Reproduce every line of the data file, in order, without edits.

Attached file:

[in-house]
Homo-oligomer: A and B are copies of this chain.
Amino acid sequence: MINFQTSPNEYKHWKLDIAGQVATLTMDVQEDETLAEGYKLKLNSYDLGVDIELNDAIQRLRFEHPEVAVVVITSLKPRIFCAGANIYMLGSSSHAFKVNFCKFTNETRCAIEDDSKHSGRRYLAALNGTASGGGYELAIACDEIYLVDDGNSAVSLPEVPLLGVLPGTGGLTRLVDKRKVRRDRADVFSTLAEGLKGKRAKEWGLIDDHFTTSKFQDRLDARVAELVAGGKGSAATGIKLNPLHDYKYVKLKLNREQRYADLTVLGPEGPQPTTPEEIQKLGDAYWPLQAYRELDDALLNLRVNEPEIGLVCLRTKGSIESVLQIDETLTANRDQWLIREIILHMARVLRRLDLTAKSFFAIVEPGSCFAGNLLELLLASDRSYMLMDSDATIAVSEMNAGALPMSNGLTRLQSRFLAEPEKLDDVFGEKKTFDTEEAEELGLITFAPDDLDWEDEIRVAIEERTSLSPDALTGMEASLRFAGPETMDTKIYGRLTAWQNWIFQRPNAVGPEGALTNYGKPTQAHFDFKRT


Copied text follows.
[in-house]
Homo-oligomer: A and B are copies of this chain.
Amino acid sequence: MINFQTSPNEYKHWKLDIAGQVATLTMDVQEDETLAEGYKLKLNSYDLGVDIELNDAIQRLRFEHPEVAVVVITSLKPRIFCAGANIYMLGSSSHAFKVNFCKFTNETRCAIEDDSKHSGRRYLAALNGTASGGGYELAIACDEIYLVDDGNSAVSLPEVPLLGVLPGTGGLTRLVDKRKVRRDRADVFSTLAEGLKGKRAKEWGLIDDHFTTSKFQDRLDARVAELVAGGKGSAATGIKLNPLHDYKYVKLKLNREQRYADLTVLGPEGPQPTTPEEIQKLGDAYWPLQAYRELDDALLNLRVNEPEIGLVCLRTKGSIESVLQIDETLTANRDQWLIREIILHMARVLRRLDLTAKSFFAIVEPGSCFAGNLLELLLASDRSYMLMDSDATIAVSEMNAGALPMSNGLTRLQSRFLAEPEKLDDVFGEKKTFDTEEAEELGLITFAPDDLDWEDEIRVAIEERTSLSPDALTGMEASLRFAGPETMDTKIYGRLTAWQNWIFQRPNAVGPEGALTNYGKPTQAHFDFKRT